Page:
Video | Agriculture | Confidence | Economy | Energy | Employment | Finance | Media | Property | RBNZ | Science | SOEs | Tax | Technology | Telecoms | Tourism | Transport | Search

 

Consumer NZ launches “Bad Taste” food marketing awards


5 October 2016

Consumer NZ launches “Bad Taste” food marketing awards

Do the claims food marketers use to pass off products as “healthier” choices leave a bad taste in your mouth? Now’s your chance to call them out on their claims.

Consumer NZ is inviting nominations for its inaugural “Bad Taste” food marketing awards.

Consumer NZ chief executive Sue Chetwin says the focus of the awards is on claims food companies use to make products look like better choices.

“We’re inviting consumers to nominate products they think are the worst offenders – whether it’s a high-sugar cereal promoted as a healthier choice, a snack bar boasting its super-fruit content when there’s hardly any fruit in it or a box of crackers claiming to be fat-free when they’re full of salt.”

Ms Chetwin says marketing of food products must comply with the Fair Trading Act and the Food Act. “This means companies can’t mislead consumers or create a false impression about the goods they sell. But food marketers continually push the boundaries and it’s time their bad taste claims were called out.”

Nominations can be made online at consumer.org.nz or by emailingfoodawards@consumer.org.nz.

Nominations close Monday, 24 October 2016.


© Scoop Media

 
 
 
Business Headlines | Sci-Tech Headlines

 

TradeMe: Property Prices In Every Region Hit New High For The Very First Time

Property prices experienced their hottest month on record in December, with record highs in every region, according to the latest Trade Me Property Price Index.\ Trade Me Property spokesperson Logan Mudge said the property market ended the year with ... More>>

Motor Industry Association: 2020 New Vehicle Registrations Suffer From Covid-19

Chief Executive David Crawford says that like some other sectors of the New Zealand economy, the new vehicle sector suffered from a case of Covid-19. Confirmed figures for December 2020 show registrations of 8,383 were 25% ... More>>

CTU 2021 Work Life Survey: COVID And Bullying Hit Workplaces Hard, Huge Support For Increased Sick Leave

New data from the CTU’s annual work life survey shows a snapshot of working people’s experiences and outlook heading out of 2020 and into the new year. Concerningly 42% of respondents cite workplace bullying as an issue in their workplace - a number ... More>>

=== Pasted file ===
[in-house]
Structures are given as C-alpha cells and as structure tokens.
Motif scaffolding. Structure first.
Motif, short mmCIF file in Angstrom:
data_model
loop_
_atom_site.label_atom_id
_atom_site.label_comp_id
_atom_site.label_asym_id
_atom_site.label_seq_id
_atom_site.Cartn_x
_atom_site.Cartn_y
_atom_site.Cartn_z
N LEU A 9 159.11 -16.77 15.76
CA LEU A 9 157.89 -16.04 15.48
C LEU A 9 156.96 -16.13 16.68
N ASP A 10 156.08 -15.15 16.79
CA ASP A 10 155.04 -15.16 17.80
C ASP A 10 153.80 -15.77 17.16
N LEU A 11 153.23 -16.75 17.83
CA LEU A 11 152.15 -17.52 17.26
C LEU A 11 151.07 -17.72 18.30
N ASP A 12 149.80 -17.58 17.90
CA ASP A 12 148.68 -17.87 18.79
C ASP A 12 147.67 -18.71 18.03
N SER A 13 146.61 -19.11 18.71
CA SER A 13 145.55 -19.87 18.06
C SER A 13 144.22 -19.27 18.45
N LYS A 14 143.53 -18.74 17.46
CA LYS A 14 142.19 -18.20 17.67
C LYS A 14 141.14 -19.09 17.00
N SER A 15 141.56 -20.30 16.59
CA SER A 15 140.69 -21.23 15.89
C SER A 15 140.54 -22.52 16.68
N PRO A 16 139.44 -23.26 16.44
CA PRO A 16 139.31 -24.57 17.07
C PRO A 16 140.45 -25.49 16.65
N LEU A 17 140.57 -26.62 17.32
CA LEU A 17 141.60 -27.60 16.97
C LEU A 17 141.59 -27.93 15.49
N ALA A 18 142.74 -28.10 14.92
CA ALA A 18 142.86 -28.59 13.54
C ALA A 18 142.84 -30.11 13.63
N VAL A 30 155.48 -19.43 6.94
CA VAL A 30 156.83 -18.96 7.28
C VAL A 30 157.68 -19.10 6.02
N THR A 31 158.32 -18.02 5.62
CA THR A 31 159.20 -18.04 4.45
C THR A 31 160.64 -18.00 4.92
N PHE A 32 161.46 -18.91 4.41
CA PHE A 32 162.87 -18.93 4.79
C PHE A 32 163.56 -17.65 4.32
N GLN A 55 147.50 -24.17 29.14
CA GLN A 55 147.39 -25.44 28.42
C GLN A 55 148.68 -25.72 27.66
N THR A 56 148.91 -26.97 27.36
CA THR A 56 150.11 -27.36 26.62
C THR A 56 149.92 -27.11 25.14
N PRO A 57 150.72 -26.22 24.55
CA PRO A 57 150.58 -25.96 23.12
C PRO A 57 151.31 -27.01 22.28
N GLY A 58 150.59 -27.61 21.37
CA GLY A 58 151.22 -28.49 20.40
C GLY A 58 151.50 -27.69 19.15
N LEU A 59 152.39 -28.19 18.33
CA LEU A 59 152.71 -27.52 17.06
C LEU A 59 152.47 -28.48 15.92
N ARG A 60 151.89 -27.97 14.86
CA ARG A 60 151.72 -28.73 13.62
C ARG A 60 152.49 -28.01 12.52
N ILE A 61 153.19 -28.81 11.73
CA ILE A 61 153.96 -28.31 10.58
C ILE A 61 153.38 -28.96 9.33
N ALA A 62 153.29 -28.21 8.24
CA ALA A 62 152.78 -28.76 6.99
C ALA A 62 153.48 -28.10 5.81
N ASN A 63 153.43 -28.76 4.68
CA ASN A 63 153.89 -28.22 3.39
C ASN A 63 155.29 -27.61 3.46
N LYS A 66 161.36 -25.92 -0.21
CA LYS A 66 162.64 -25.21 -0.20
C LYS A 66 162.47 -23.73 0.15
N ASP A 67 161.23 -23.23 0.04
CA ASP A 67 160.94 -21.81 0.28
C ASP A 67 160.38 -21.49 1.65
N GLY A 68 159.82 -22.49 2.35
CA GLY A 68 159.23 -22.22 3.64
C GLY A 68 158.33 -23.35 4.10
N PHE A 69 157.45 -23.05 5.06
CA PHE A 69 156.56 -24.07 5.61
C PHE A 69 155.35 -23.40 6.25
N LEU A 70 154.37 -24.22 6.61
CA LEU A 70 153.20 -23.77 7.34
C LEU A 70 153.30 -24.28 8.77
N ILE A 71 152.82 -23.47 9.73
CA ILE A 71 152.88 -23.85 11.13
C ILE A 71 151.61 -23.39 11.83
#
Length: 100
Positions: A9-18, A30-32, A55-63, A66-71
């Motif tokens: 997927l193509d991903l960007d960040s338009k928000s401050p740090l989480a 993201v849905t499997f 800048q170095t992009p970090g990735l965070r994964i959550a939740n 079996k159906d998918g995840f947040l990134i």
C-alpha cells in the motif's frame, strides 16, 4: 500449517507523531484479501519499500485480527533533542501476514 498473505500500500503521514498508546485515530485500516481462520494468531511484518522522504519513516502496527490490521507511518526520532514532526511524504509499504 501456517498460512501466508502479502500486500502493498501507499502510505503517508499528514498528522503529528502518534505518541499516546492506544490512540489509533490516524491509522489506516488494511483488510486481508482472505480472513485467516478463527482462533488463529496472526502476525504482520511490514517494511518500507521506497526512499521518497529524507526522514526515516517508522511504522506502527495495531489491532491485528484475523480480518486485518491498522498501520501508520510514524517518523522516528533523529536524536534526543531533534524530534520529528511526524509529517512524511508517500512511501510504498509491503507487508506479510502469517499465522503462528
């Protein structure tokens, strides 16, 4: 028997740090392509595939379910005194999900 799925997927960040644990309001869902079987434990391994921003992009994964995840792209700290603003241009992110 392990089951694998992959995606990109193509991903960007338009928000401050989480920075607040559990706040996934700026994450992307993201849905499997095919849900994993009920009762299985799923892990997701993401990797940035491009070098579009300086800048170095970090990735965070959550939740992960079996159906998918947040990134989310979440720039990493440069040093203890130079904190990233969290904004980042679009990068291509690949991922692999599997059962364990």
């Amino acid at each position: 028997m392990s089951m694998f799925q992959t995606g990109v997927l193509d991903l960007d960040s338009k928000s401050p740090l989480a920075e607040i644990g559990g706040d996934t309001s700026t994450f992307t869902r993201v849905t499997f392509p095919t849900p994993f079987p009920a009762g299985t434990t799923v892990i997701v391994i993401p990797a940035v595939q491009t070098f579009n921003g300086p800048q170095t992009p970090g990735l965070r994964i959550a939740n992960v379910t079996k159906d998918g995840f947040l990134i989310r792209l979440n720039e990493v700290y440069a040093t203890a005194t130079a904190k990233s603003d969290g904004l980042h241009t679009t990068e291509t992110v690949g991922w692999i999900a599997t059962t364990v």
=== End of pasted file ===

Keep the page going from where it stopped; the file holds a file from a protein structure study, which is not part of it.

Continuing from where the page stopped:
Smelter: Tiwai Deal Gives Time For Managed Transition

Today’s deal between Meridian and Rio Tinto for the Tiwai smelter to remain open another four years provides time for a managed transition for Southland. “The deal provides welcome certainty to the Southland community by protecting jobs and incomes as the region plans for the future. The Government is committed to working on a managed transition with the local community,” Grant Robertson said. More>>

ALSO:

OECD: Area Employment Rate Rose By 1.9 Percentage Points In The Third Quarter Of 2020

OECD area employment rate rose by 1.9 percentage points in the third quarter of 2020, but remained 2.5 percentage points below its pre-pandemic level The OECD area [1] employment rate – the share of the working-age population with jobs – rose ... More>>

Economy: Strong Job Ad Performance In Quarter Four

SEEK Quarterly Employment Report data shows a positive q/q performance with a 19% national growth in jobs advertised during Q4 2020, which includes October, November and December. Comparing quarter 4, 2020, with the same quarter in 2019 shows that job ad volumes are 7% lower...More>>

NIWA: 2020 - NZ’s 7th-warmest Year On Record

The nationwide average temperature for 2020, calculated using stations in NIWA’s seven-station temperature series which began in 1909, was 13.24°C (0.63°C above the 1981–2010 annual average). New Zealand’s hottest year on record remains 2016, when... More>>

Quotable Value New Zealand: Property Market Set To Cool From Sizzling To Warm In 2021

Nostradamus himself could not have predicted the strange series of events that befell our world in 2020 – nor the wild trajectory of New Zealand’s property market, which has gone from “doom and gloom” to “boom and Zoom” in record time. Even ... More>>